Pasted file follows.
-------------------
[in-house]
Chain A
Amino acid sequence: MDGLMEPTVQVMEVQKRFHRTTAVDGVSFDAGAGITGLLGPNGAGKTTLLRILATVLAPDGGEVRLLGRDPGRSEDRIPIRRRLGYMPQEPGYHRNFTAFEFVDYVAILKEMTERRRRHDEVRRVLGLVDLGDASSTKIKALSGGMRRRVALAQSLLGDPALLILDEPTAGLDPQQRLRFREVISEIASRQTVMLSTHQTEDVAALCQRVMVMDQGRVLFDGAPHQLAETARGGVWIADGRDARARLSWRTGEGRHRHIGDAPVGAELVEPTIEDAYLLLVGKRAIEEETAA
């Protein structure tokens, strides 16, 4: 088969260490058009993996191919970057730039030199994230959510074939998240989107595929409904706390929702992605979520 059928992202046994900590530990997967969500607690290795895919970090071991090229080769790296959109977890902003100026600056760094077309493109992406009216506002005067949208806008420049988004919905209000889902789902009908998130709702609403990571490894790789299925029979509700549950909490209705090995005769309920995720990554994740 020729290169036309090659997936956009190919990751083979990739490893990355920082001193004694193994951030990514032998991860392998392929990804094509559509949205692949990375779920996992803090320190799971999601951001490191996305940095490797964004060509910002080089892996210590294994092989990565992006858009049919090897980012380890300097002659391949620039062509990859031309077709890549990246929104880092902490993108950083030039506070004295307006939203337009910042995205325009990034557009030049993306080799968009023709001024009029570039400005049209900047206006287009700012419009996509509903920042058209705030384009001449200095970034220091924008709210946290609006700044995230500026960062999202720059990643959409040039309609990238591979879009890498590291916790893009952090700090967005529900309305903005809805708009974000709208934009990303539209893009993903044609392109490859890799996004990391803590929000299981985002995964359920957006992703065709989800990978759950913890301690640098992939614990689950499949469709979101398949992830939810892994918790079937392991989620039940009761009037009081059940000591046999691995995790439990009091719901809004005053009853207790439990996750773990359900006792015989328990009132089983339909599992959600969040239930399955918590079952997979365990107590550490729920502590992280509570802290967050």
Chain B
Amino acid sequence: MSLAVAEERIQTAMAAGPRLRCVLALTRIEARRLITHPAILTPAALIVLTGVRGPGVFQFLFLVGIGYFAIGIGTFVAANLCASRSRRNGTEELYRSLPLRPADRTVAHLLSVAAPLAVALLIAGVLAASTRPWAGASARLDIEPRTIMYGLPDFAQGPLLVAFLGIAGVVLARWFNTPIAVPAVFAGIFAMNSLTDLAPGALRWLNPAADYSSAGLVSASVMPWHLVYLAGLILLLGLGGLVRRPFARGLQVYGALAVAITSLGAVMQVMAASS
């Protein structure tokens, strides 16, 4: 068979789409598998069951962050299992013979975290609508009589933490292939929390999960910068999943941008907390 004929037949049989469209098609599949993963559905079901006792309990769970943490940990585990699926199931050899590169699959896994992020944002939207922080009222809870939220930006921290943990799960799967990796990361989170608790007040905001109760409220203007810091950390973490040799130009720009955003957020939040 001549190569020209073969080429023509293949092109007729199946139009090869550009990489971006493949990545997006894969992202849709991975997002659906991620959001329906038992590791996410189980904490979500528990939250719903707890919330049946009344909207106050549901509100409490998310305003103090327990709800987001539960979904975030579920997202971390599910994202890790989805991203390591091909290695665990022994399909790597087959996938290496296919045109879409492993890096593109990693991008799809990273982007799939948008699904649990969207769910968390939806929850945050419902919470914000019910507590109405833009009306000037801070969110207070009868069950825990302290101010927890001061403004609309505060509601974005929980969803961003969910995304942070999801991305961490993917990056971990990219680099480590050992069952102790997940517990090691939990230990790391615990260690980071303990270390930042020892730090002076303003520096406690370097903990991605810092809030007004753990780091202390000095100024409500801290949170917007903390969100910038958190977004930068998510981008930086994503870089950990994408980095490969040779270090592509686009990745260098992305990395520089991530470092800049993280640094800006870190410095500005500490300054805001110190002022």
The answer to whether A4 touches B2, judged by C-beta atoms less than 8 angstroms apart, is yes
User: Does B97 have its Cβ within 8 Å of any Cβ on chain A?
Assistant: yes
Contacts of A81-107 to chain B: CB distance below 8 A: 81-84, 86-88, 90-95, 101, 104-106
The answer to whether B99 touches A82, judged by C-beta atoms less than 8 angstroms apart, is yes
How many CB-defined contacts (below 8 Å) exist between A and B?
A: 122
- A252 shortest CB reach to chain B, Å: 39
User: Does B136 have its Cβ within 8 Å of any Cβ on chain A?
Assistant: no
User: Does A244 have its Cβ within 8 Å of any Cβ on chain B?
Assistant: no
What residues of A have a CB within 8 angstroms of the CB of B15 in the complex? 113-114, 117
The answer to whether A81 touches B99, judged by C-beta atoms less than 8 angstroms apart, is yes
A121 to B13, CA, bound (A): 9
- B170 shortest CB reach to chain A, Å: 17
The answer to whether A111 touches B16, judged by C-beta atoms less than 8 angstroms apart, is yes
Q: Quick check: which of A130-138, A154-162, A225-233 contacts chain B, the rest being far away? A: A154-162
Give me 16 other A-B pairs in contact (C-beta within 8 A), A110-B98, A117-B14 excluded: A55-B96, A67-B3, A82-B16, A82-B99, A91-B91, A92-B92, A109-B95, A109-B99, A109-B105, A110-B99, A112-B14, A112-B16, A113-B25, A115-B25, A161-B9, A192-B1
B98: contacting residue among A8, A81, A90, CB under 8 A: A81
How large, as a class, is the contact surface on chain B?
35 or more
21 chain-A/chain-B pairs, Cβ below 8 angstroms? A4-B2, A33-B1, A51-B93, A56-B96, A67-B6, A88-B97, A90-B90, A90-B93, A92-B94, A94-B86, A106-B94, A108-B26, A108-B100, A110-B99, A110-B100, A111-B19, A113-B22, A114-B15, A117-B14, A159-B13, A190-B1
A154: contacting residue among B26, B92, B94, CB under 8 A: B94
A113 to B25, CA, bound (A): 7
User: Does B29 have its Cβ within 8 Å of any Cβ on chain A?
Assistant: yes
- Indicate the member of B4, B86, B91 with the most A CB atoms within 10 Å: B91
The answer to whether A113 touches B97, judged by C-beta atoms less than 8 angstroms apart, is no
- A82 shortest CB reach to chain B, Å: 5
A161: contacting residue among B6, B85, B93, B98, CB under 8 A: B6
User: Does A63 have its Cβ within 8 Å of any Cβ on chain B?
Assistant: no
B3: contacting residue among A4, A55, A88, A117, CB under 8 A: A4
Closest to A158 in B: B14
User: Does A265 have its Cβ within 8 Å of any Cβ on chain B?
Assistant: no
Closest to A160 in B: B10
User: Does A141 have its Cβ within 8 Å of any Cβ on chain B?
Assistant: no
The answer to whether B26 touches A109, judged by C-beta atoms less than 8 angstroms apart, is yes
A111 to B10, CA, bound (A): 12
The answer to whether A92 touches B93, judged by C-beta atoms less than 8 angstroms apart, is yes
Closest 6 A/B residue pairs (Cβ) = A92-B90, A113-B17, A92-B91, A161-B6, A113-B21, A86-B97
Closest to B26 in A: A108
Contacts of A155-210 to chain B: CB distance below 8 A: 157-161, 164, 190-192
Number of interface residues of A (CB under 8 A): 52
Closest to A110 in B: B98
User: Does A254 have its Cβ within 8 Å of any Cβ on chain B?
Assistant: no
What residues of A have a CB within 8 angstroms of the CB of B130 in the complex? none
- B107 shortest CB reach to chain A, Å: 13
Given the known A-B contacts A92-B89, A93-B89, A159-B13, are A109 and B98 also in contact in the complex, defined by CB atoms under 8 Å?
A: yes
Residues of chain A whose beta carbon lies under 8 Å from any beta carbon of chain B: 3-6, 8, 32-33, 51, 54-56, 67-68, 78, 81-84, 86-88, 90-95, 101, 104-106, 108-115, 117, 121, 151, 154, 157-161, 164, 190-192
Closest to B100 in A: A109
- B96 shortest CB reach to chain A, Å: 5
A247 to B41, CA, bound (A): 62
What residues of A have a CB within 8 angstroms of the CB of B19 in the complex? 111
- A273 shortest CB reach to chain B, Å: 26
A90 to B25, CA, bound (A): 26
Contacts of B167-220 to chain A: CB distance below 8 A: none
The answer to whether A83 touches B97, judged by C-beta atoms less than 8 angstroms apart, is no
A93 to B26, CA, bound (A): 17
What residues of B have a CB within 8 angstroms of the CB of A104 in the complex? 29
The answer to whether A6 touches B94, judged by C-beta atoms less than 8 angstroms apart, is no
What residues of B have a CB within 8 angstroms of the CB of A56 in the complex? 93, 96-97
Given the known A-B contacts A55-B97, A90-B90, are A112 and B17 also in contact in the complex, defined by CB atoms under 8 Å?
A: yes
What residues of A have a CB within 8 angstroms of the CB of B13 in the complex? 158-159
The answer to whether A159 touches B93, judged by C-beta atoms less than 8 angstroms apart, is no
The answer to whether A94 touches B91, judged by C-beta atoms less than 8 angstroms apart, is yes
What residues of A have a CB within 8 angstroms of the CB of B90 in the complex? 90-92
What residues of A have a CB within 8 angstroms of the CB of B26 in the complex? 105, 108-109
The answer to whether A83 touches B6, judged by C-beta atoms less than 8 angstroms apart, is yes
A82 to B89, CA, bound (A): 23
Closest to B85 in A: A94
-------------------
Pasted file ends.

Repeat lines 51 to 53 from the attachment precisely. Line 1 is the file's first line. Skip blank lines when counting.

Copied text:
Closest 6 A/B residue pairs (Cβ) = A92-B90, A113-B17, A92-B91, A161-B6, A113-B21, A86-B97
Closest to B26 in A: A108
Contacts of A155-210 to chain B: CB distance below 8 A: 157-161, 164, 190-192